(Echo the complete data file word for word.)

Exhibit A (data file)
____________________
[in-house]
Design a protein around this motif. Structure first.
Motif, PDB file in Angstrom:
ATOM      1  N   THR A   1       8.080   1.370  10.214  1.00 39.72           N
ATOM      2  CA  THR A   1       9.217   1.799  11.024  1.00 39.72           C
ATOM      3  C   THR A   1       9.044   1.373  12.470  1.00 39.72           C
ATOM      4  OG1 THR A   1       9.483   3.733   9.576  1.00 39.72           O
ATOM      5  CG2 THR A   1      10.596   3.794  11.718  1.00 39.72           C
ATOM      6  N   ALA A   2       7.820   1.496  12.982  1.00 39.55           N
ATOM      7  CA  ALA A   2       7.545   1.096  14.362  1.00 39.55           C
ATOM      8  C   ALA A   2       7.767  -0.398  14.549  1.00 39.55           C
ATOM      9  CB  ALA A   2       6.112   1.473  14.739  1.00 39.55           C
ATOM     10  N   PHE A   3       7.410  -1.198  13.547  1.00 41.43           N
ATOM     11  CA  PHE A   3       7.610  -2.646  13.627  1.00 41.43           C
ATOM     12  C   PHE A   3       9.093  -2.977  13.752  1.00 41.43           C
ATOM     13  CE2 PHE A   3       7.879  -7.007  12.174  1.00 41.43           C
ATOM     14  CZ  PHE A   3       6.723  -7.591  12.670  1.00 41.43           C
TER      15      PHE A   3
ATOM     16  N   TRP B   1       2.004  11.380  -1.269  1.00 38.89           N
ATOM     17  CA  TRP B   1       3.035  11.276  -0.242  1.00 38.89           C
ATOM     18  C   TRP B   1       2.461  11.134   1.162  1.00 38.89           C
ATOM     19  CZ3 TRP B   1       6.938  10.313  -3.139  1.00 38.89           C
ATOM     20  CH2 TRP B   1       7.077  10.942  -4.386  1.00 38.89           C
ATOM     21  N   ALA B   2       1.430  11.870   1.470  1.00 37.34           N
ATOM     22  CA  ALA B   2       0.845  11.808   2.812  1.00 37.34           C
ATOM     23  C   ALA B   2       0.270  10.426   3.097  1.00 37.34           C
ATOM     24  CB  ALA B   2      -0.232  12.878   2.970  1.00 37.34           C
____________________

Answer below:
[in-house]
Design a protein around this motif. Structure first.
Motif, PDB file in Angstrom:
ATOM      1  N   THR A   1       8.080   1.370  10.214  1.00 39.72           N
ATOM      2  CA  THR A   1       9.217   1.799  11.024  1.00 39.72           C
ATOM      3  C   THR A   1       9.044   1.373  12.470  1.00 39.72           C
ATOM      4  OG1 THR A   1       9.483   3.733   9.576  1.00 39.72           O
ATOM      5  CG2 THR A   1      10.596   3.794  11.718  1.00 39.72           C
ATOM      6  N   ALA A   2       7.820   1.496  12.982  1.00 39.55           N
ATOM      7  CA  ALA A   2       7.545   1.096  14.362  1.00 39.55           C
ATOM      8  C   ALA A   2       7.767  -0.398  14.549  1.00 39.55           C
ATOM      9  CB  ALA A   2       6.112   1.473  14.739  1.00 39.55           C
ATOM     10  N   PHE A   3       7.410  -1.198  13.547  1.00 41.43           N
ATOM     11  CA  PHE A   3       7.610  -2.646  13.627  1.00 41.43           C
ATOM     12  C   PHE A   3       9.093  -2.977  13.752  1.00 41.43           C
ATOM     13  CE2 PHE A   3       7.879  -7.007  12.174  1.00 41.43           C
ATOM     14  CZ  PHE A   3       6.723  -7.591  12.670  1.00 41.43           C
TER      15      PHE A   3
ATOM     16  N   TRP B   1       2.004  11.380  -1.269  1.00 38.89           N
ATOM     17  CA  TRP B   1       3.035  11.276  -0.242  1.00 38.89           C
ATOM     18  C   TRP B   1       2.461  11.134   1.162  1.00 38.89           C
ATOM     19  CZ3 TRP B   1       6.938  10.313  -3.139  1.00 38.89           C
ATOM     20  CH2 TRP B   1       7.077  10.942  -4.386  1.00 38.89           C
ATOM     21  N   ALA B   2       1.430  11.870   1.470  1.00 37.34           N
ATOM     22  CA  ALA B   2       0.845  11.808   2.812  1.00 37.34           C
ATOM     23  C   ALA B   2       0.270  10.426   3.097  1.00 37.34           C
ATOM     24  CB  ALA B   2      -0.232  12.878   2.970  1.00 37.34           C